We've all been there. You're walking down the street when you hear a scream, and you see a gang of black clad men jump in a van before driving away from a burning building with the tires squealing. You run up to help, and the trapped Olympic women's volleyball team inside screams that all the doors are locked and they can't get out. Do you dig into your pocket, break out your phone and heroically call 911? Or do you kick in the door and save the day?
You'll probably try to do the latter, but if you don't know what you're doing you might have to call 911 with a bruised heel and a broken ankle. That's why it's important to be prepared, and this simple guide should help you when the time comes.
Step One: Know Thy Enemy
Any experienced door-fighter knows that different models have different strengths and weaknesses; that's why you need to take a close look at what you're kicking in before moving forward. First, look to see which way the door swings. Doors that swing away from you are going to be the easiest to kick in, while those that swing toward you will be almost impossible unless they're cheap, flimsy, and you've been doing your squats religiously.
It's also important to take a look at the frame and at what kind of lock a door has. If there's no deadbolt then all you have to do is kick next to the latch hard enough to break it open. If there is a deadbolt, though, then you have to kick it hard enough to snap the deadbolt through the door frame. If the frame is cheap pine, this is going to be simple, but if it's hardwood and concrete, then this might take a while.
All of that said, the goal is to plant your kicks just above, below, or next to the latch. That's where the door's anchored, and it's the spot you need to smash in order to bust open the recalcitrant portal.
Step Two: Put All Your Force Into It
It's not enough to know where to kick; you also have to know how in order to really get the job done. As such, you should face the door squarely, roughly 2-3 steps back from it. Take a step to build up momentum, and pivot as you kick. Plant your non-dominant leg and drive your dominant heel into the door just next to the latch, just above it, or just below it.
This kick can take the form of a side-kick (where the foot is horizontal to the ground), an "overhand" kick (where the foot is perpendicular to the ground, and the kicker drives the heel straight forward; the style most commonly seen on TV cop shows), or a mule kick (where the kicker faces away from the door and drives his or her weight backward into the door, similar to how an angry quadruped would break your ribs). Different methods work for different people, but you need to find the kick that delivers the most power, and you need to put your entire body into the blow. Don't just kick with your leg; drive yourself into the door, focusing all your weight and force onto your heel.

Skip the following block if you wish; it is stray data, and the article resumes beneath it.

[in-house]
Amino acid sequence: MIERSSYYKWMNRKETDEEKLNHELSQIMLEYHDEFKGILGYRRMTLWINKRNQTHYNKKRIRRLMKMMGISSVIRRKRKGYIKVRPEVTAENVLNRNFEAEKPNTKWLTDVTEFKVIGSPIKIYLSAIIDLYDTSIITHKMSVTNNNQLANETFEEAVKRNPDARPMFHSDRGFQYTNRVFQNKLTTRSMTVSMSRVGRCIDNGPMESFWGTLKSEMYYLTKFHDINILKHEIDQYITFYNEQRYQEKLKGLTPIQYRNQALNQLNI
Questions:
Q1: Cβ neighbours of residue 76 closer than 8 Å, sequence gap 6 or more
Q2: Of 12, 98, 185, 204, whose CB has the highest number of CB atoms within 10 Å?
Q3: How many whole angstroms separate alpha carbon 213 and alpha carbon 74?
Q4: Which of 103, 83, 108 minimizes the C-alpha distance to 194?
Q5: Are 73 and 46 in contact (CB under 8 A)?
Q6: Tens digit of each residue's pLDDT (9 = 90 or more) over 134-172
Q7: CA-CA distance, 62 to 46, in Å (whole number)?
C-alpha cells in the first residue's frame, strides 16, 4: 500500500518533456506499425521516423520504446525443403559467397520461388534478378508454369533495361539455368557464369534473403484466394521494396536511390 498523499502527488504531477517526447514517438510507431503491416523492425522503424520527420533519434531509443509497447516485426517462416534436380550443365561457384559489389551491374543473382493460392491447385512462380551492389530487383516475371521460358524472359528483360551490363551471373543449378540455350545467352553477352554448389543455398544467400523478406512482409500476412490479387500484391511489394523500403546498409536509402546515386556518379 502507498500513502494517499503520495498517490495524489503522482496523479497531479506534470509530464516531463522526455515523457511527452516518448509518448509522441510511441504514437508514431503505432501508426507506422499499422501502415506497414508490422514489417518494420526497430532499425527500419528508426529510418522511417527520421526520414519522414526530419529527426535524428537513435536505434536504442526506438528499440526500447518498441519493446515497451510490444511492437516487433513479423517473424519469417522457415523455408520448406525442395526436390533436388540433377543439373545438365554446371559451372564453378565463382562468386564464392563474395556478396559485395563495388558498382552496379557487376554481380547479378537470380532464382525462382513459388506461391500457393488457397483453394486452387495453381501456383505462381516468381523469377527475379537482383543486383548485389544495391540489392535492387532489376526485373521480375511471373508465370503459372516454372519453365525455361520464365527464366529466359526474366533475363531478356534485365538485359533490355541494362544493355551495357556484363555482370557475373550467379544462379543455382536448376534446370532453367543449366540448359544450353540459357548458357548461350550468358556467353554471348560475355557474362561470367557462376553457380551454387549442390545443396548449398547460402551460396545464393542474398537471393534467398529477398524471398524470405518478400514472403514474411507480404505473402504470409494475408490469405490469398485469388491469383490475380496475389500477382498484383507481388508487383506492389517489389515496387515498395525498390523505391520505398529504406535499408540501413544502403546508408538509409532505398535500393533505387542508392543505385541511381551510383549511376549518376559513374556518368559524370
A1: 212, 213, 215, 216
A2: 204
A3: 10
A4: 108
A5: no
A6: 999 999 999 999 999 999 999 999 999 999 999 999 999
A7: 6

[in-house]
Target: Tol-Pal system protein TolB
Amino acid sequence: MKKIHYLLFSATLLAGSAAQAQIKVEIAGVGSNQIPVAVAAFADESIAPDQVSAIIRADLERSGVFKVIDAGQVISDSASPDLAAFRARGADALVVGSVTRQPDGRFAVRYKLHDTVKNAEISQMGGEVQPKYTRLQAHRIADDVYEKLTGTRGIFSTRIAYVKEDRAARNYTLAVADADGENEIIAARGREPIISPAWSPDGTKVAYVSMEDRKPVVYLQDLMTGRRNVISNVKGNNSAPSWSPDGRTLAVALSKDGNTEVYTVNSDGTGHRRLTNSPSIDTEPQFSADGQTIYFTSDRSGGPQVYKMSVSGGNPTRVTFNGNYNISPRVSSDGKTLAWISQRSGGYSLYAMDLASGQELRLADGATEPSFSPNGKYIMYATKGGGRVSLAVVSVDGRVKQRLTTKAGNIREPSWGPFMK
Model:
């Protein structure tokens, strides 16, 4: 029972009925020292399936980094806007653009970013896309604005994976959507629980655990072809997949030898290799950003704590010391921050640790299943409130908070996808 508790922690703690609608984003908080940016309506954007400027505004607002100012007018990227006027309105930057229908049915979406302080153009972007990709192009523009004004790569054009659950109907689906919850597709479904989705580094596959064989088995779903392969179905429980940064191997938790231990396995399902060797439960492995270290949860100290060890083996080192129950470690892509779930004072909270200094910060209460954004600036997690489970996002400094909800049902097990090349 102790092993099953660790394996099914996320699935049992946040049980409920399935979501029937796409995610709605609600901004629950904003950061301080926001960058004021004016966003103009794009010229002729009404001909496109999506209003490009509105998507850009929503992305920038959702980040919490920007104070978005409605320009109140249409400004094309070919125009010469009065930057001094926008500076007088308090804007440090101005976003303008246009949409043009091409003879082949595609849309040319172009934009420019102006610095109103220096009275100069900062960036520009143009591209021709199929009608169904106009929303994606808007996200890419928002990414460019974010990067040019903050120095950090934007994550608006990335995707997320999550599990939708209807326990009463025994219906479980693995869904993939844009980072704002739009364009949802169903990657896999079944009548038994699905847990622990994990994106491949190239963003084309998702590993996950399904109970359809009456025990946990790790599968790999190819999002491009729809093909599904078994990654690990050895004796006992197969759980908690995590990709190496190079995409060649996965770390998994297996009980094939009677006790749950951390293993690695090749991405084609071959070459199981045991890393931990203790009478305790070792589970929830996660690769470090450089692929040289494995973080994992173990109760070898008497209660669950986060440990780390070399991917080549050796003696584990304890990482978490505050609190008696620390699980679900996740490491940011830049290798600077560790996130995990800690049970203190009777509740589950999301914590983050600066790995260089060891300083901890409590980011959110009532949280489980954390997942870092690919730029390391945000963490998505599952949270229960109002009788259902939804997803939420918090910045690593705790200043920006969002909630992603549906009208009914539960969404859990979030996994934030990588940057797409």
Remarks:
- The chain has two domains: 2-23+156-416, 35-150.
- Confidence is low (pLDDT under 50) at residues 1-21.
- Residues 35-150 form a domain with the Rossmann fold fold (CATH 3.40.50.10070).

It still might take two or three kicks, so if you don't knock the door down on your first try, make sure you hit it again quickly. Time is often of the essence. Lastly, do not throw your shoulder into the door under any circumstances. If you're not an NFL lineman, you won't get enough force into the blow, and you might dislocate your shoulder in the process.
Step Three: Always Use Proper Equipment
Kicking down a door, while cool and manly, also has a pretty good chance of injuring the kicker. If you don't know what you're doing, then the chances of getting hurt shoot way, way up. Ideally you're going to want a pair of sturdy boots that will add some weight and authority to your kick, but if all you have is a pair of tennis shoes make sure they're laced tightly, and that you have as much support as you can get. Broken ankles, strained tendons, and torn muscles are all possible when you fight the door, and the door wins.
In an ideal situation, though, you'd have something other than a boot-shaped key to bust down a door. That's why the SWAT team carries a battering ram, a nine-pound sledge, or a fire ax; because if you're not a martial arts master or a kung-fu Clydesdale, smashing down a door is an iffy proposition.
Additionally, police and military tend to stand to either side of a door when they start kicking. Why? Because if you're directly in front of a door and you don't knock it in off its hinges people are going to start shooting. It's best to be out of the line of fire when that starts.
Lastly it's important to remember that even if you give it your all and hit that sweet spot with everything you've got, a door wedge is going to stop you cold. Even if you bust the lock, smash the latch, and splinter the door frame, a security wedge can use simple friction to hold that door closed for a dozen kicks or more. When that happens, it's best to bust out a window and call it a day.